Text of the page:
With the addition of the new Professional 6 (Pro6) control, the a71nx is equipped with two of the latest forms of advanced motion control to minimize non-cut time:

  • GI Drilling is a unique G-code drilling cycle that enables the spindle and tool to arc from hole to hole instead of following a square path. This simple change reduces non-cut time by as much as 15 percent on common hole-pattern drilling.
  • GI Milling is designed to improve performance in 2-D milling. GI Milling lets the user define a corner-rounding tolerance on each milling path. Even a small tolerance enables the machine to quickly flow through the cut path, completing milling paths in less time.

Together, these functions substantially cut costs in both high-volume and low-volume production environments by reducing the number of spindles required and freeing up machine availability to take on more work.

The exterior of the a71nx has evolved in an effort to make maintaining the machine easier for the operator. An L-shaped door, when open, allows more light to enter the machine and prevents fluid from dripping onto the operator during inspection and maintenance. The wide opening on the pallet-loading station doors lends easy access for loading of fixtures and large workpieces. This type of accessibility is crucial for part loading and unloading in robot-automated environments.

Related Glossary Terms

  • 2-D


    Way of displaying real-world objects on a flat surface, showing only height and width. This system uses only the X and Y axes.

  • backlash


    Reaction in dynamic motion systems where potential energy that was created while the object was in motion is released when the object stops. Release of this potential energy or inertia causes the device to quickly snap backward relative to the last direction of motion. Backlash can cause a system’s final resting position to be different from what was intended and from where the control system intended to stop the device.

  • centers


    Cone-shaped pins that support a workpiece by one or two ends during machining. The centers fit into holes drilled in the workpiece ends. Centers that turn with the workpiece are called “live” centers; those that do not are called “dead” centers.

  • coolant


    Fluid that reduces temperature buildup at the tool/workpiece interface during machining. Normally takes the form of a liquid such as soluble or chemical mixtures (semisynthetic, synthetic) but can be pressurized air or other gas. Because of water’s ability to absorb great quantities of heat, it is widely used as a coolant and vehicle for various cutting compounds, with the water-to-compound ratio varying with the machining task. See cutting fluid; semisynthetic cutting fluid; soluble-oil cutting fluid; synthetic cutting fluid.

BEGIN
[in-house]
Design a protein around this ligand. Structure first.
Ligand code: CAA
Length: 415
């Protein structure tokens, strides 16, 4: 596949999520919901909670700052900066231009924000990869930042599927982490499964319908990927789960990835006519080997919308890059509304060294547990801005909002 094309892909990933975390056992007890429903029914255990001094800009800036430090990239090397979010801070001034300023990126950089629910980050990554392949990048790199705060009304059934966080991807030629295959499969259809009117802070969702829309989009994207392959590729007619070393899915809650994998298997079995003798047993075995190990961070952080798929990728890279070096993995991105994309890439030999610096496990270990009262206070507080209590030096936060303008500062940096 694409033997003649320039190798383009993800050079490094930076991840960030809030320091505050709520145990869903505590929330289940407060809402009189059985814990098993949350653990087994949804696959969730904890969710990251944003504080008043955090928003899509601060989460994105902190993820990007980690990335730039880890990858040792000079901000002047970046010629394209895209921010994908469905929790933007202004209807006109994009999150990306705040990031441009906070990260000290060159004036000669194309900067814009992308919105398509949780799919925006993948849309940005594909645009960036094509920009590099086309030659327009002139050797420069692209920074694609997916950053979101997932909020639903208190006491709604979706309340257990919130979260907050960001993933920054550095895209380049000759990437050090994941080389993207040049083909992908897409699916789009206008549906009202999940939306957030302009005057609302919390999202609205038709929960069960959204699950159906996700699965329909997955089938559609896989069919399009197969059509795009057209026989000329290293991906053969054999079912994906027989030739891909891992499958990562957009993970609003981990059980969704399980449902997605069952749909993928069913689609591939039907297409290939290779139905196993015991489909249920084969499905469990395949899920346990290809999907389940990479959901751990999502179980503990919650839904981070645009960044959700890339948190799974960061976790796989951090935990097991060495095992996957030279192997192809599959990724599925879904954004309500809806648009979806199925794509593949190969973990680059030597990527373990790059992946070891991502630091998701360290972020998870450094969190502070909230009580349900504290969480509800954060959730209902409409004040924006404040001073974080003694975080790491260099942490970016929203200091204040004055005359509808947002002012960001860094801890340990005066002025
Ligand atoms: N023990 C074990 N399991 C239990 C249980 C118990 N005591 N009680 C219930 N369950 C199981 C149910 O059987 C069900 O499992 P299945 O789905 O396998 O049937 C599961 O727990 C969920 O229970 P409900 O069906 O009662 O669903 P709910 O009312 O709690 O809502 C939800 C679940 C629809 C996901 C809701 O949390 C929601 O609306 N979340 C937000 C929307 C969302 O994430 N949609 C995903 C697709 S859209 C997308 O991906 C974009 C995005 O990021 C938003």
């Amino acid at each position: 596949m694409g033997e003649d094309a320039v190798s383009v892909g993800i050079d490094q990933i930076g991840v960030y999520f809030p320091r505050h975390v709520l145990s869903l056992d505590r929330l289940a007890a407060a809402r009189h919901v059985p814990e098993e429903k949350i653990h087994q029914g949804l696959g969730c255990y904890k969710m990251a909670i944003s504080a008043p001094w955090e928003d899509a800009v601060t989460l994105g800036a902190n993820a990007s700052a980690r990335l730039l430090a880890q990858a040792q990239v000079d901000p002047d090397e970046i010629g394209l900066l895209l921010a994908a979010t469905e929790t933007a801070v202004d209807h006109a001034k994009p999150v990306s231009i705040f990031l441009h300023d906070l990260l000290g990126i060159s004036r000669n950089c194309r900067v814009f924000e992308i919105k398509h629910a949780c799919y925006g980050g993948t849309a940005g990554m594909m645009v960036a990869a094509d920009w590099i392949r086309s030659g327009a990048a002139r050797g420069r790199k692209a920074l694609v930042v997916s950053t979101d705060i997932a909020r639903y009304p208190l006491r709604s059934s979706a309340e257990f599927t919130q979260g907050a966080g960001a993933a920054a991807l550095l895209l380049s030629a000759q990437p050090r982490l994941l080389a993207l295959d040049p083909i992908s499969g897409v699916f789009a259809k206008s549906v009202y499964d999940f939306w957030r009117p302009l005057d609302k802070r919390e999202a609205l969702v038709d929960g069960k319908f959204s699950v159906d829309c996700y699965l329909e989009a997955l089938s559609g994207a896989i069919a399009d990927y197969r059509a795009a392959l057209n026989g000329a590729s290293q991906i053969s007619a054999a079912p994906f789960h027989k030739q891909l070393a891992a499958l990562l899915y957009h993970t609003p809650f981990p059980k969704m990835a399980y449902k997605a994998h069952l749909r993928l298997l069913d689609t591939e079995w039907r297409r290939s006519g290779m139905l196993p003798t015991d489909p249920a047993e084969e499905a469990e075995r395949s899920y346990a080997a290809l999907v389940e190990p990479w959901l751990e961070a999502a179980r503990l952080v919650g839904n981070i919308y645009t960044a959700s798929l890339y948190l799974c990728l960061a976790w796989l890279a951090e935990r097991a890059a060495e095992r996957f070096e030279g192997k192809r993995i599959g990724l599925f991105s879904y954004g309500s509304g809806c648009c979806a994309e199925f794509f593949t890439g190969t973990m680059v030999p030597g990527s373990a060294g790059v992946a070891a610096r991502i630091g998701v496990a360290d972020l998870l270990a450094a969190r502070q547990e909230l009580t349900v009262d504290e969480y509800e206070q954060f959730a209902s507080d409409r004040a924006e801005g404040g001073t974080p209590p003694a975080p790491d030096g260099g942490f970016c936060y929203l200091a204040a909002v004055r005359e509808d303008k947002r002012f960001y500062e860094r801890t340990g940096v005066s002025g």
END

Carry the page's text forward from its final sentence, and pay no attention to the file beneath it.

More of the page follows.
• gang cutting ( milling)

    gang cutting ( milling)

    Machining with several cutters mounted on a single arbor, generally for simultaneous cutting.

  • milling


    Machining operation in which metal or other material is removed by applying power to a rotating cutter. In vertical milling, the cutting tool is mounted vertically on the spindle. In horizontal milling, the cutting tool is mounted horizontally, either directly on the spindle or on an arbor. Horizontal milling is further broken down into conventional milling, where the cutter rotates opposite the direction of feed, or “up” into the workpiece; and climb milling, where the cutter rotates in the direction of feed, or “down” into the workpiece. Milling operations include plane or surface milling, endmilling, facemilling, angle milling, form milling and profiling.

  • numerical control ( NC)

    numerical control ( NC)

    Any controlled equipment that allows an operator to program its movement by entering a series of coded numbers and symbols. See CNC, computer numerical control; DNC, direct numerical control.

  • payload ( workload)

    payload ( workload)

    Maximum load that the robot can handle safely.

  • polycrystalline diamond ( PCD)

    polycrystalline diamond ( PCD)

    Cutting tool material consisting of natural or synthetic diamond crystals bonded together under high pressure at elevated temperatures. PCD is available as a tip brazed to a carbide insert carrier. Used for machining nonferrous alloys and nonmetallic materials at high cutting speeds.

  • tolerance


    Minimum and maximum amount a workpiece dimension is allowed to vary from a set standard and still be acceptable.

  • work envelope

    work envelope

    Cube, sphere, cylinder or other physical space within which the cutting tool is capable of reaching.